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F. J. Gilbert

London
  • 3
  • reviews
  • 10
  • helpful votes
  • 5
  • ratings
  • The Castle

  • By: Franz Kafka
  • Narrated by: Allan Corduner
  • Length: 13 hrs and 4 mins
  • Unabridged
  • Overall
    4 out of 5 stars 57
  • Performance
    4.5 out of 5 stars 48
  • Story
    4 out of 5 stars 48

A land-surveyor, known only as K., arrives at a small village permanently covered in snow and dominated by a castle to which access seems permanently denied. K.'s attempts to discover why he has been called constantly run up against the peasant villagers, who are in thrall to the absurd bureaucracy that keeps the castle shut, and the rigid hierarchy of power among the self-serving bureaucrats themselves.

  • 5 out of 5 stars
  • Loved it

  • By Mark on 09-02-14

Outstanding

Overall
5 out of 5 stars
Performance
5 out of 5 stars
Story
5 out of 5 stars

Reviewed: 19-02-14

Where does The Castle rank among all the audiobooks you’ve listened to so far?

One of the best.

What was one of the most memorable moments of The Castle?

Very funny description of the main character, K, waking up in the night to find one of his assistants in bed with him instead of his wife, and then having to deal with the aftermath of this incident the next morning.

What about Allan Corduner’s performance did you like?

An excellent reader, reminding me of Jon Pertwee in style.

Did you have an emotional reaction to this book? Did it make you laugh or cry?

It is both funny and sad, but creates a menacing tone throughout.

4 of 5 people found this review helpful

  • Of Mice and Men

  • By: John Steinbeck
  • Narrated by: Clarke Peters
  • Length: 3 hrs and 37 mins
  • Unabridged
  • Overall
    4.5 out of 5 stars 1,073
  • Performance
    4.5 out of 5 stars 908
  • Story
    4.5 out of 5 stars 902

Streetwise George and his big, childlike friend Lennie are drifters, searching for work in the fields and valleys of California. They have nothing except the clothes on their back, and a hope that one day they’ll find a place of their own and live the American dream. But dreams come at a price. Gentle giant Lennie doesn’t know his own strength, and when they find work at a ranch he gets into trouble with the boss’s daughter-in-law. Trouble so bad that even his protector George may not be able to save him....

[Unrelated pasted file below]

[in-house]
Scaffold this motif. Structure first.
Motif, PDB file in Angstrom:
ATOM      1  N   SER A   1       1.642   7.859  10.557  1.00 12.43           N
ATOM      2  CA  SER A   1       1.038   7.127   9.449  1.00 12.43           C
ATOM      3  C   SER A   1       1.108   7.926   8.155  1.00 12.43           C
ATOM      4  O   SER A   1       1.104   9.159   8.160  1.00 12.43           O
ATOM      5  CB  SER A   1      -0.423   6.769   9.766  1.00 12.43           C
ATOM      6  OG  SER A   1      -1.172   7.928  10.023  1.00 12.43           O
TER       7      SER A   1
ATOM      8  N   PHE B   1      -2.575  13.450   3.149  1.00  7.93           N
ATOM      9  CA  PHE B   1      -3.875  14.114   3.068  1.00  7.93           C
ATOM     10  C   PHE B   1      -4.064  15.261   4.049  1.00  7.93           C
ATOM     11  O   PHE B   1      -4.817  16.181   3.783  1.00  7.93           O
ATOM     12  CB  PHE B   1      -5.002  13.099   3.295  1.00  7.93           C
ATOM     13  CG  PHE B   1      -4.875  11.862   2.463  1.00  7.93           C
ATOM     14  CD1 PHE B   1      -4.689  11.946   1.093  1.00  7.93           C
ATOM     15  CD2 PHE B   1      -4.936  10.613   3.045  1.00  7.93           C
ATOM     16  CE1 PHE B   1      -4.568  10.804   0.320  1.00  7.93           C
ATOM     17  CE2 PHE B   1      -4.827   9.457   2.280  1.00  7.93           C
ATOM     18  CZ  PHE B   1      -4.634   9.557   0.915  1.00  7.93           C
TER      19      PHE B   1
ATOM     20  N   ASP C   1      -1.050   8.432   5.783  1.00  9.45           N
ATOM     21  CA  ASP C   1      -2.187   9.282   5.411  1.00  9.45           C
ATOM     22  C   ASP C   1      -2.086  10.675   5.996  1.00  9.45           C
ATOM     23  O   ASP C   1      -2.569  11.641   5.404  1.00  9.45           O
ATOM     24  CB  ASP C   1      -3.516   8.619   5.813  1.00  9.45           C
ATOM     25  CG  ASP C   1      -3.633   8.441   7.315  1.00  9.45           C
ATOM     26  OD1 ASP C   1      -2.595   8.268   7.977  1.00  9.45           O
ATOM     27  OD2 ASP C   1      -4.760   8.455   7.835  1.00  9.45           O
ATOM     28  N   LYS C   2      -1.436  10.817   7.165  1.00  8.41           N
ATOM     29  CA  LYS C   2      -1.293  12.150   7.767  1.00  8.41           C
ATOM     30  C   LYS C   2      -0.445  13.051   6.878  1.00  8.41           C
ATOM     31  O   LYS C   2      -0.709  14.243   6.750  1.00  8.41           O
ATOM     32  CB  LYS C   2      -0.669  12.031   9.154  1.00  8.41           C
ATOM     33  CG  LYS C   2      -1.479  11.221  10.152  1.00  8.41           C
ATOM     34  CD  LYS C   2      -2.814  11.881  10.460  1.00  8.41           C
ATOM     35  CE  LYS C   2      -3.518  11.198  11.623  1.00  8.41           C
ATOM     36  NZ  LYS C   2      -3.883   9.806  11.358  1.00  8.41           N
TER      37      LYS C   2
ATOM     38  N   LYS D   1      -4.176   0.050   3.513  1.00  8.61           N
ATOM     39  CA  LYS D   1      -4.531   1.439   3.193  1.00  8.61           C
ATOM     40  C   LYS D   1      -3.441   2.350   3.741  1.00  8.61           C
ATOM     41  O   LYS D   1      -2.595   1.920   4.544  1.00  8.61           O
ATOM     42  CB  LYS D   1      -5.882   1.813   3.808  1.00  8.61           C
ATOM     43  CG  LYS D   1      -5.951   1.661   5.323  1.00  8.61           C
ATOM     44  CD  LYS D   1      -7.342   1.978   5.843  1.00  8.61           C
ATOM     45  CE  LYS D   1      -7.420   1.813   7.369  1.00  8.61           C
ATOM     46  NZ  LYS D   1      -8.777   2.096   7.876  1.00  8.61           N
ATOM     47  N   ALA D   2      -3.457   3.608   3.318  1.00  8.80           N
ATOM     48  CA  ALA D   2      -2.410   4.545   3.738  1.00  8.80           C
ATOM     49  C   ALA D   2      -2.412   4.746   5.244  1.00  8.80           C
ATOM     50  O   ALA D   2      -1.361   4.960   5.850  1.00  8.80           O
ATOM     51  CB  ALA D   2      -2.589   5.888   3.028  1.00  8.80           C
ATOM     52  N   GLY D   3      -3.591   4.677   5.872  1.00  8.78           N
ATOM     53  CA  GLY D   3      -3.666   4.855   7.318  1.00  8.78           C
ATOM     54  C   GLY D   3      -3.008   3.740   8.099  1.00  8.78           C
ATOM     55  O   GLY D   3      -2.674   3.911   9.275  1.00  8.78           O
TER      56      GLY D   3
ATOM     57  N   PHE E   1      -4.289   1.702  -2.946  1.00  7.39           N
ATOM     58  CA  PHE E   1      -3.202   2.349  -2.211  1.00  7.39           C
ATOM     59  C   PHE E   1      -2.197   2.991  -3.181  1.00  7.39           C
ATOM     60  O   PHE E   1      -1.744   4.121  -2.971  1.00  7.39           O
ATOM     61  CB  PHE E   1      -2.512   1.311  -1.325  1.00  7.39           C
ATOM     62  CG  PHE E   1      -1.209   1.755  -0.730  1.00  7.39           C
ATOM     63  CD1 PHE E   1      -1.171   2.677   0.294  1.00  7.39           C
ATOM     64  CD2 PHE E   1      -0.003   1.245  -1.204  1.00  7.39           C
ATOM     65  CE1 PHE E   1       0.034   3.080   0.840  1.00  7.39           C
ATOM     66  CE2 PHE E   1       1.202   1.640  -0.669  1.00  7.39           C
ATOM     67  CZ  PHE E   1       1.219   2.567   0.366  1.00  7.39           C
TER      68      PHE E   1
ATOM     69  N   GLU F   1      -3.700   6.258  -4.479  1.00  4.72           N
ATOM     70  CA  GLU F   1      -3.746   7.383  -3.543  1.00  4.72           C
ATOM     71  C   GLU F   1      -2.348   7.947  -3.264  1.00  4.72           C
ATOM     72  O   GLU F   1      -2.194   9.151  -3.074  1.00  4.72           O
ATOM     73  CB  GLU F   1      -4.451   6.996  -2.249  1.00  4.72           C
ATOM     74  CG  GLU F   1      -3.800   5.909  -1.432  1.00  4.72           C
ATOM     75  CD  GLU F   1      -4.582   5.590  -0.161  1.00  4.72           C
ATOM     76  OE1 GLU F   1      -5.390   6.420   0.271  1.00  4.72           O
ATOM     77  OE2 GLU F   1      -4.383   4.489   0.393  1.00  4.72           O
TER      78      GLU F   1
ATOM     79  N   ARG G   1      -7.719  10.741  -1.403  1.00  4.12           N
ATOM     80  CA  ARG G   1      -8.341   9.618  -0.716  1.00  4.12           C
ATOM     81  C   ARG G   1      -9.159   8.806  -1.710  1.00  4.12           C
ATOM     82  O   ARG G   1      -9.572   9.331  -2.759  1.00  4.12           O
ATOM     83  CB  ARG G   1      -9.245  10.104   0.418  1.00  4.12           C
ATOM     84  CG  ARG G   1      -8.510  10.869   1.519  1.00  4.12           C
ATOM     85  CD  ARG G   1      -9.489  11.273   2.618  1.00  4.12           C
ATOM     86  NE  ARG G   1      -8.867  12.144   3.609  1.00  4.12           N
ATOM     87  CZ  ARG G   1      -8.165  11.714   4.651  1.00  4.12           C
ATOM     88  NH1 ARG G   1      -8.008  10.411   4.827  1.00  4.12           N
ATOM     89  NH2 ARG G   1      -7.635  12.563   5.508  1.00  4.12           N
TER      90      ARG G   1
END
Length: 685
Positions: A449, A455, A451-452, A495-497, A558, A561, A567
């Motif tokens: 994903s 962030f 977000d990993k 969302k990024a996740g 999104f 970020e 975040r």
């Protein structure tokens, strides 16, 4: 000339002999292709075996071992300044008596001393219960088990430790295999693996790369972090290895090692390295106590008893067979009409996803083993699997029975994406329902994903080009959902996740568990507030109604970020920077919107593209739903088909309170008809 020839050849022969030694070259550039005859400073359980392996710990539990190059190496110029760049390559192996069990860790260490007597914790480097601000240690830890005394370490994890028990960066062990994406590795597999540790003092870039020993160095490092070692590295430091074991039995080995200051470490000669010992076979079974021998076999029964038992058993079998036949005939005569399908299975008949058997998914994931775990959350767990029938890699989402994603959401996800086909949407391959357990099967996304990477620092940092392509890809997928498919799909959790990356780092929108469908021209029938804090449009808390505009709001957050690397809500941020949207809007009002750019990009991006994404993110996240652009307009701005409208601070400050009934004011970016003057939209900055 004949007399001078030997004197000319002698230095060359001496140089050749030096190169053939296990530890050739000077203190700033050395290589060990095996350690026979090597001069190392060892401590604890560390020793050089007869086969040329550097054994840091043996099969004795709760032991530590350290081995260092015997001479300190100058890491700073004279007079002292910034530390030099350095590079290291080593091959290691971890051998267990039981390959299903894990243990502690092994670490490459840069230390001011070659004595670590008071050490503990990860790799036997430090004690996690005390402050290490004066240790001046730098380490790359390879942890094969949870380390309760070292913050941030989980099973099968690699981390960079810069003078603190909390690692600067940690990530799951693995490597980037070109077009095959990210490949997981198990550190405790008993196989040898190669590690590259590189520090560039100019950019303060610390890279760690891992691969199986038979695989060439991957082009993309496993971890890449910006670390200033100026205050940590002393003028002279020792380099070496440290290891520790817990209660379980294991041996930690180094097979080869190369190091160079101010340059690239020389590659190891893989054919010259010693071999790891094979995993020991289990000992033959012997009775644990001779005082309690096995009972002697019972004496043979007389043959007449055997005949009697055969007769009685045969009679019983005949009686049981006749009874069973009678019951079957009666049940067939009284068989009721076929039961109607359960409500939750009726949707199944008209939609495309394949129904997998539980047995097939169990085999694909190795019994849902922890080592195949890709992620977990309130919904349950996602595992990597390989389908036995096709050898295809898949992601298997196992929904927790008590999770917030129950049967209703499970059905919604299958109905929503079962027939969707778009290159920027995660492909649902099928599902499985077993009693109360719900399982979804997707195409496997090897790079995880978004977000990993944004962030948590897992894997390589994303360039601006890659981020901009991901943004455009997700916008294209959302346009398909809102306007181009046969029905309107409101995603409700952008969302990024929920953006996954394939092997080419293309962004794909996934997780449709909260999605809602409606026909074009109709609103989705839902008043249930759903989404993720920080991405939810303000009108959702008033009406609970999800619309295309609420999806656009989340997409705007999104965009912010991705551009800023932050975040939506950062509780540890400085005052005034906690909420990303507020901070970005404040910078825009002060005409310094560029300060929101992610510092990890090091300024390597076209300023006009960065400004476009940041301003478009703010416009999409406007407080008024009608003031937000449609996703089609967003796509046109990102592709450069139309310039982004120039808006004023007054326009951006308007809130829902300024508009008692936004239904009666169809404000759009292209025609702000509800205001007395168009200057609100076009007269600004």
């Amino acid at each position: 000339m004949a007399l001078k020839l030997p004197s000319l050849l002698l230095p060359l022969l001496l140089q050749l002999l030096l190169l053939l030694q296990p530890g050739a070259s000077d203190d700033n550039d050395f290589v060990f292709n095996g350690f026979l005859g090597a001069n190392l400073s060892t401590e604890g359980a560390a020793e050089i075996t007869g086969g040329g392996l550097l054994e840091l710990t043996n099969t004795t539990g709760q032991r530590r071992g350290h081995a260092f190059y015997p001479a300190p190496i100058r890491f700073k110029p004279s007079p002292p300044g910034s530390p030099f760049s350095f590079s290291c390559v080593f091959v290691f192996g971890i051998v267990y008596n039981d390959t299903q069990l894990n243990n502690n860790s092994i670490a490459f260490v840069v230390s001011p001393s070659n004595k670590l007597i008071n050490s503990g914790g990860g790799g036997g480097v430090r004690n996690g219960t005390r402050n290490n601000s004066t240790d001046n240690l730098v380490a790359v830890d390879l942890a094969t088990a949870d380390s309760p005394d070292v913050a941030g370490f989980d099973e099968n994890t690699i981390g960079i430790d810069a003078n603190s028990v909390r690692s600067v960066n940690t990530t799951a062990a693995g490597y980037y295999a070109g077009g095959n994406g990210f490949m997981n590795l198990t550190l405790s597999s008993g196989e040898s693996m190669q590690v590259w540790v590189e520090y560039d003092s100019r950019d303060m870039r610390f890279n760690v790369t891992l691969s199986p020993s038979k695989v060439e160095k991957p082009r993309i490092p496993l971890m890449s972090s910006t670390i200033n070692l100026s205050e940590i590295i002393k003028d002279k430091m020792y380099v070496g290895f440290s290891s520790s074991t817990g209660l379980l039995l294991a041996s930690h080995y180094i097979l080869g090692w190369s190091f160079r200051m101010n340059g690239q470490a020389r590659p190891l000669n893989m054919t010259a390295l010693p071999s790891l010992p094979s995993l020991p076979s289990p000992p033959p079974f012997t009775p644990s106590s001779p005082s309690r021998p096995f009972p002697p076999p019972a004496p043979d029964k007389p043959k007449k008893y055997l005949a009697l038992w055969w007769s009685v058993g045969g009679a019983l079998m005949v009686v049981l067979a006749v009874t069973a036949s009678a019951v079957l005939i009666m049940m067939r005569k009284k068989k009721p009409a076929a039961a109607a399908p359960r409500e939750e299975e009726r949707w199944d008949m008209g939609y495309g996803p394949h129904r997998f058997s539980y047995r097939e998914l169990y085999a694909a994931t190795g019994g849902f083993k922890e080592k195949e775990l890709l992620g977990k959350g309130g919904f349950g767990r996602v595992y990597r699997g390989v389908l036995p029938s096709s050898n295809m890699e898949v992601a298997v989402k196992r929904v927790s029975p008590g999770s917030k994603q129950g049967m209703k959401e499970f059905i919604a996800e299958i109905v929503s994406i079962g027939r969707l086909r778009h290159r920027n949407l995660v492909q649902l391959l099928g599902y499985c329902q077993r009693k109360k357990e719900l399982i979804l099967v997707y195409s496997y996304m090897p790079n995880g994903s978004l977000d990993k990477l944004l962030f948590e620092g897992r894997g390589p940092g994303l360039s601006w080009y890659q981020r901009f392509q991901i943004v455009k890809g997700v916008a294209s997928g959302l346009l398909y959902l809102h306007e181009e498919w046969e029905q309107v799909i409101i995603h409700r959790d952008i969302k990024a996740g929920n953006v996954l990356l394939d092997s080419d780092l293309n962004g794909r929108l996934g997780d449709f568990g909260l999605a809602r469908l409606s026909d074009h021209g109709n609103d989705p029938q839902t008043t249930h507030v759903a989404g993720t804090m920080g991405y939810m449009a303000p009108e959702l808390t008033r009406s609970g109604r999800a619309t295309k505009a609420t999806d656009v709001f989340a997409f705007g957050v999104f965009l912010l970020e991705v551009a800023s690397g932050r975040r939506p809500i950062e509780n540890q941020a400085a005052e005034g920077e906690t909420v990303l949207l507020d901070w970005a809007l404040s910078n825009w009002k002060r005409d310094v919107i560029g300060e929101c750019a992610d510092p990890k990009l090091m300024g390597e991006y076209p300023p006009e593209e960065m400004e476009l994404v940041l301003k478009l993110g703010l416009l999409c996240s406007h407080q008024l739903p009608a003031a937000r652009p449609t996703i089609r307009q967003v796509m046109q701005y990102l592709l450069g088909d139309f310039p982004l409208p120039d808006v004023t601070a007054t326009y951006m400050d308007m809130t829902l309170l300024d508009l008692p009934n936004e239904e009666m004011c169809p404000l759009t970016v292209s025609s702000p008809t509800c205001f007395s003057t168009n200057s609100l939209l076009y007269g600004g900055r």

• 4 out of 5 stars
  • Very enlightening

  • By KAREN on 10-09-11

An interesting reading -- and good for teachers

Overall
5 out of 5 stars

Reviewed: 23-12-12

I played this audio reading of Of Mice and Men to my GCSE class and was extremely grateful because it saved me losing my voice. The novel does need to be read well to come alive -- reading the whole thing around the class just doesn't quite work. The reader takes it at a very slow pace, capturing the voices of Lennie, George, and Slim with real subtlety. Some of my class complained about the overly American accent -- but that's the whole point!!

2 of 2 people found this review helpful

  • A Tale of Two Cities (Dramatised)

  • By: Charles Dickens, Mike Walker (dramatisation)
  • Narrated by: Robert Lindsay, Alison Steadman, Jonathan Coy, and others
  • Length: 3 hrs and 40 mins
  • Unabridged
  • Overall
    4.5 out of 5 stars 33
  • Performance
    5 out of 5 stars 22
  • Story
    5 out of 5 stars 22

From the echo of the first line ‘It was the best of times, it was the worst of times’ to the final ‘It is a far far better thing that I do than I have ever done’, Dickens’ classic novel of the French revolution tells a story of the redemptive powers of love in the face of cruelty, violence and neglect.

  • 5 out of 5 stars
  • An excellent radio adaptation of Dickens classic

  • By F. J. Gilbert on 23-12-12

An excellent radio adaptation of Dickens classic

Overall
5 out of 5 stars

Reviewed: 23-12-12

This is an evocative and sharp-paced adaptation of Dickens' classic novel, which many rate to be one of his best. The plot is full of twists and turns, and generates real suspense. Robert Lindsay is good as the narrator Dickens, while the main role of Sydney Carton is played with real sophistication; we get a sense of a genuinely tormented protagonist, struggling with alcoholism and depression. The adaptation brings out the core ideas in Dickens' text; the conflict between personal loyalty and loyalty to the state.

4 of 4 people found this review helpful